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Difference between Get a move on and Get on the move

get a move on—(often imper.)

1. hasten one’s steps; hurry up:

  • As he slowed down, she added sharply, “Nay, get a move on, will you!”

2. start acting vigorously:

  • I really just hadn’t packed things away very well, so I got a move on and got the room in decent order.

Note: The expression does not correlate in meaning with the phrase move on

1. go further; change to smth. new:

  • I think we’ve talked enough about that subject; let’s move on.

2. a policeman’s order not to stand in one place:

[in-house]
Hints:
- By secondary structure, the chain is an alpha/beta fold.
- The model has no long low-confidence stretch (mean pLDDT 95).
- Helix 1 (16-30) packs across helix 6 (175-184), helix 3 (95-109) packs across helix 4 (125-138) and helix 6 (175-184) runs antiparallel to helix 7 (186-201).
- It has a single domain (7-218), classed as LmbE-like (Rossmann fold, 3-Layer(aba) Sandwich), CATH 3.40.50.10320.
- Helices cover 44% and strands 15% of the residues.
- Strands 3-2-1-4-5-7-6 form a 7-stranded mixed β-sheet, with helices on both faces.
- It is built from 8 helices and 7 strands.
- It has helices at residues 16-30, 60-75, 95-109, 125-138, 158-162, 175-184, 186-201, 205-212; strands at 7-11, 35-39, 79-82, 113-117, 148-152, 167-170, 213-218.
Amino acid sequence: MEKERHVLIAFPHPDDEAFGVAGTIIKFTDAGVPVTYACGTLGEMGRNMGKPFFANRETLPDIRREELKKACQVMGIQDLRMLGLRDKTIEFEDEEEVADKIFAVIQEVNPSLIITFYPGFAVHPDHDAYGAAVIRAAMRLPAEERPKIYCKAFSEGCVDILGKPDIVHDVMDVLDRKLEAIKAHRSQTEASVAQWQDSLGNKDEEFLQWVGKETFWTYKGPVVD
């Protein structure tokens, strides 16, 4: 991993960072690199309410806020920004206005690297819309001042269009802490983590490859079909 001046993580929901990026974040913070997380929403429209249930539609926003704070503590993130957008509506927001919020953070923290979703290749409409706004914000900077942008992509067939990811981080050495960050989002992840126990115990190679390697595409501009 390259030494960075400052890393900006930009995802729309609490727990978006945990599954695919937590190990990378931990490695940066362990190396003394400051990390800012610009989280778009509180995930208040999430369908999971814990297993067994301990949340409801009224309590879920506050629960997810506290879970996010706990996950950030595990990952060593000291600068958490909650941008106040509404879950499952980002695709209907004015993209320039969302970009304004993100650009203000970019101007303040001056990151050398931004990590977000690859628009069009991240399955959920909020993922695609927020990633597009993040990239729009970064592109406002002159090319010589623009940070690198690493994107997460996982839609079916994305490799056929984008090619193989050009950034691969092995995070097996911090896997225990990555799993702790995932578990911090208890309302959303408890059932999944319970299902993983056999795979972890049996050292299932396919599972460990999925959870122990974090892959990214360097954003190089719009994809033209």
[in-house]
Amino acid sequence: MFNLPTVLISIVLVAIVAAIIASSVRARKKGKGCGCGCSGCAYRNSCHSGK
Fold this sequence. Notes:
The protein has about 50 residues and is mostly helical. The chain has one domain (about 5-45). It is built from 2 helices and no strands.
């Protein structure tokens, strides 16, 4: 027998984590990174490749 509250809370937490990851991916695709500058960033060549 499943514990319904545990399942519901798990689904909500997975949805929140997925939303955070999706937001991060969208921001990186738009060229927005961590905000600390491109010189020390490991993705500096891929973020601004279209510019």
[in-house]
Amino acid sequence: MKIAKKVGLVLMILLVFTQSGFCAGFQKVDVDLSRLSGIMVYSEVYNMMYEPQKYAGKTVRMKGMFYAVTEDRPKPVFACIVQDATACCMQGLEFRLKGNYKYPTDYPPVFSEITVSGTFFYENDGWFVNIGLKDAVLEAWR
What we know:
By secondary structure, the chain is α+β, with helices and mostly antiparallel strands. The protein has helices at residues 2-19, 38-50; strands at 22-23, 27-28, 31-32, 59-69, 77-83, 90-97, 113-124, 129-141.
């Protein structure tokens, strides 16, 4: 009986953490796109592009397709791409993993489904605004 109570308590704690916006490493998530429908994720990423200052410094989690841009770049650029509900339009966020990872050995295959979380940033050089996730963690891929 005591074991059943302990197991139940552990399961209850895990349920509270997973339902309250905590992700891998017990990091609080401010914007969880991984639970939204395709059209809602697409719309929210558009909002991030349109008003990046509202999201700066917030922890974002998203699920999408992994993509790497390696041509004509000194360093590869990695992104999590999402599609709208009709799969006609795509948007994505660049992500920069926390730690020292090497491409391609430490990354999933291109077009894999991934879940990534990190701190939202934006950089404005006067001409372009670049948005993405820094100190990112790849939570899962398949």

• Occasionally, police ordered them to move on under the city’s anti-panhandling ordinance.

3. leave one’s home and move to another place:

  • I was employed in Menlo Park, just down the peninsula from San Francisco. After a few years, I moved on while Reggie stayed.

get on the move —(also: get moving ) begin to travel:

  • In the morning we got on the move again, this time for Southampton.